The Indiana Ice was a Tier I junior ice hockey team and member club of the United States Hockey League, formed in 2004 when the Danville Wings were purchased and moved from their location in Danville, Illinois, to Indianapolis, Indiana. The Ice captured the regular season division titles in the 2007–08 and 2013–14 seasons and won the 2009 and 2014 Clark Cup titles. Before the 2012–13 season, the Ice played their home games at the Indiana Farmers Coliseum. From 2012 to 2014, the Ice split their home games between the Bankers Life Fieldhouse and the Pan American Arena; the Ice played in the Eastern Conference/Division of the United States Hockey League. The USHL has granted the team in dormancy status for the 2014–15 season while the organization focuses on development of a new facility. In January 2015, the USHL approved of the team's proposed future home, the Lyceum Pavilion, in the Indianapolis area. During this time, the Indiana Ice organization remained a member club in the USHL, with membership on its board and full rights to participate in the business and operations of the league.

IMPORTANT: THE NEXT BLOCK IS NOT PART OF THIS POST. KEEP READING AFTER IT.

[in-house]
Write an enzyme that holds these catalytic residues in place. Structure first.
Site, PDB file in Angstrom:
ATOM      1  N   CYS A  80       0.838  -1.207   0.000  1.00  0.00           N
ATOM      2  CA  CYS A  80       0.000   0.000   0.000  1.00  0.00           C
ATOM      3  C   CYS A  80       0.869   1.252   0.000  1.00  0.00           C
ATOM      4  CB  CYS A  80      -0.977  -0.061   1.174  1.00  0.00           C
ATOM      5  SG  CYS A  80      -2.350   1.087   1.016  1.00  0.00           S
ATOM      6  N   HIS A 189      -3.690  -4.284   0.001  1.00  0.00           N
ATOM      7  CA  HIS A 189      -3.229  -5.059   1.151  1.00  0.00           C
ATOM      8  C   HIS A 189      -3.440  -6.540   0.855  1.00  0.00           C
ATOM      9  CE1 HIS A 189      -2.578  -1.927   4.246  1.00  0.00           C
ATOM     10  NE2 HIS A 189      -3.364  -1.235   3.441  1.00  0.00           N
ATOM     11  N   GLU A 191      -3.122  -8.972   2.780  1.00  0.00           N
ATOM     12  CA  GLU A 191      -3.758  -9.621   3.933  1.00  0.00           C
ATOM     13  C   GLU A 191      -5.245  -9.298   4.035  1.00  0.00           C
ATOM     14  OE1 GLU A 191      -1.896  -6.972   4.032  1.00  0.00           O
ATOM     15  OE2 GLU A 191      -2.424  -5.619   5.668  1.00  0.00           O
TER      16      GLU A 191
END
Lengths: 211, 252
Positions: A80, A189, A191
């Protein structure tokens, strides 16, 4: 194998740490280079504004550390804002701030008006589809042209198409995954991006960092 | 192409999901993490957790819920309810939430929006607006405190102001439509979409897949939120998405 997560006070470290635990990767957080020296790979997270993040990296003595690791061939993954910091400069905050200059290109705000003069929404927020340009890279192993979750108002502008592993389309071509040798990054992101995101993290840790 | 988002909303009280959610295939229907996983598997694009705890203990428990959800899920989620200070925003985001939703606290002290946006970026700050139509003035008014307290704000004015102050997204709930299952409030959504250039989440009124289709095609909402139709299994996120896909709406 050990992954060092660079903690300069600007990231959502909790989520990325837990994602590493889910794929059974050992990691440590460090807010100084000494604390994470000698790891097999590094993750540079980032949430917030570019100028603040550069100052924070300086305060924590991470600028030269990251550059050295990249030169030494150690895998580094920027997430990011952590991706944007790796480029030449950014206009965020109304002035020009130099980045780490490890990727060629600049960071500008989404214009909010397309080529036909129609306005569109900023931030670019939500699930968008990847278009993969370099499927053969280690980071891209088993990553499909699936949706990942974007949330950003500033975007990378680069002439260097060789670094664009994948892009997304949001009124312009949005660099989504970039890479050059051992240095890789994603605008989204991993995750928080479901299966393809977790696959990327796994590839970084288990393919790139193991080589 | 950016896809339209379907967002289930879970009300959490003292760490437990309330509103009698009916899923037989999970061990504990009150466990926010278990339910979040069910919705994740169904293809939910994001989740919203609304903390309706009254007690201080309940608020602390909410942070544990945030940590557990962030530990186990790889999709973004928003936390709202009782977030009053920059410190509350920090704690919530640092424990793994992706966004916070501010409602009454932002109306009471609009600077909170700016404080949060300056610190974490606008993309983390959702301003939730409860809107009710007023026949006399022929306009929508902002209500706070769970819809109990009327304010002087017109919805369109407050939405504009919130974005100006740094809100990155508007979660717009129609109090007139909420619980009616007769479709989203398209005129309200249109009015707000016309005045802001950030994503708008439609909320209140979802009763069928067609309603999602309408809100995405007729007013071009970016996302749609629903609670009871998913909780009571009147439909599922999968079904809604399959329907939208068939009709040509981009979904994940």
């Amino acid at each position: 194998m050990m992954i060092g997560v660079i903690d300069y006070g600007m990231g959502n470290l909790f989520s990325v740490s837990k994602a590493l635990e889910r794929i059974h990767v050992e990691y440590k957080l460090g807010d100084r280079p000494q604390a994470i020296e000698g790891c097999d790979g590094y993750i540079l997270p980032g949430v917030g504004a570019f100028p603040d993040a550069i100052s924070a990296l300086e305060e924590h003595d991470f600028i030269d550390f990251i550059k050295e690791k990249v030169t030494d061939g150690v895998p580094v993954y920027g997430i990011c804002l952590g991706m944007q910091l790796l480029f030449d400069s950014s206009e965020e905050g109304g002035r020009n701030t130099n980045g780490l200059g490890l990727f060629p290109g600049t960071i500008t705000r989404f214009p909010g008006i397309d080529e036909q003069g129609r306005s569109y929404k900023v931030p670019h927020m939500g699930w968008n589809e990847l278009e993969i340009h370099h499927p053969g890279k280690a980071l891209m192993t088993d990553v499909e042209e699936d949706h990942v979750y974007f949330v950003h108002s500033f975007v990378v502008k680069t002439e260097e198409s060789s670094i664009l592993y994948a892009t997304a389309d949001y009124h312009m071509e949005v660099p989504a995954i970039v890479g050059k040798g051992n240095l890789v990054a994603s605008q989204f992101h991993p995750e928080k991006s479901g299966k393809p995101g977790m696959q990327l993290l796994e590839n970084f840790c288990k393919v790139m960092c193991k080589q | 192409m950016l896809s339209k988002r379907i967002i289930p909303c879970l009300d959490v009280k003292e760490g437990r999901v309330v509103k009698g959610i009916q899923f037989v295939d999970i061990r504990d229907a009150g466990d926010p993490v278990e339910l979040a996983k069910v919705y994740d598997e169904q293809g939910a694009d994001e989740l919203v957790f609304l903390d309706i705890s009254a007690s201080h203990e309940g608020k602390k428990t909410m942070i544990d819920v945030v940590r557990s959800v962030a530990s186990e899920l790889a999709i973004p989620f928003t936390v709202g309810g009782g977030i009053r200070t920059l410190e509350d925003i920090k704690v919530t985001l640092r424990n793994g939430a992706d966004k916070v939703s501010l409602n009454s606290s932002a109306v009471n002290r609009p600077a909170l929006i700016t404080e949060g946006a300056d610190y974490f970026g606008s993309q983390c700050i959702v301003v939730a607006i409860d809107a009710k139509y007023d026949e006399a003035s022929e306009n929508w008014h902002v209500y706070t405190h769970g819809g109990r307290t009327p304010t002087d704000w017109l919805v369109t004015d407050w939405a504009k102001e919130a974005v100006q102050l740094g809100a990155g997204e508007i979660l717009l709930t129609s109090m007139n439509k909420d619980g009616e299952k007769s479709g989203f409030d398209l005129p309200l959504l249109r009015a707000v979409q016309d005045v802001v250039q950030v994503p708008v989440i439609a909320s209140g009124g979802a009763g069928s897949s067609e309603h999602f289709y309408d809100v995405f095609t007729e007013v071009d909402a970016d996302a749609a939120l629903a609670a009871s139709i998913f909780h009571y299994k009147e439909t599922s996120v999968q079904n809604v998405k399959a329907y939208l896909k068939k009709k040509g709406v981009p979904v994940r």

Since there have been no updates on the status of the team. 2004–05: Lost to Cedar Rapids 3 games to none in quarterfinals. 2005–06: Lost to Cedar Rapids RoughRiders 3 games to 2 in quarterfinals. 2006–07: Swept Green Bay 4 games to 0 in first round. T. in Clark Cup Semifinals 2007–08: Lost to Chicago 3 games to 1 in quarterfinals. 2008–09: Defeated Cedar Rapids 3 games to 2 in quarterfinals. 2009–10: Defeated the Cedar Rapids 3 games to 2 in quarterfinals. The following table shows NHL draft picks; the tenure column indicates whether they were drafted while on the Ice roster, prior to arriving, or after moving on to college or major junior. The following table shows Indiana Ice players that have made it to the NHL. Through 2013–14 Season Coaching changes: Dean Grillo replaced Red Gendron with seven games remaining in the 2004–05 season. Jack Bowkus replaced Dean Grillo after thirty-four games in the 2005–06 season. Scott McConnell served as interim head coach for the last two games of the 2006–07 season.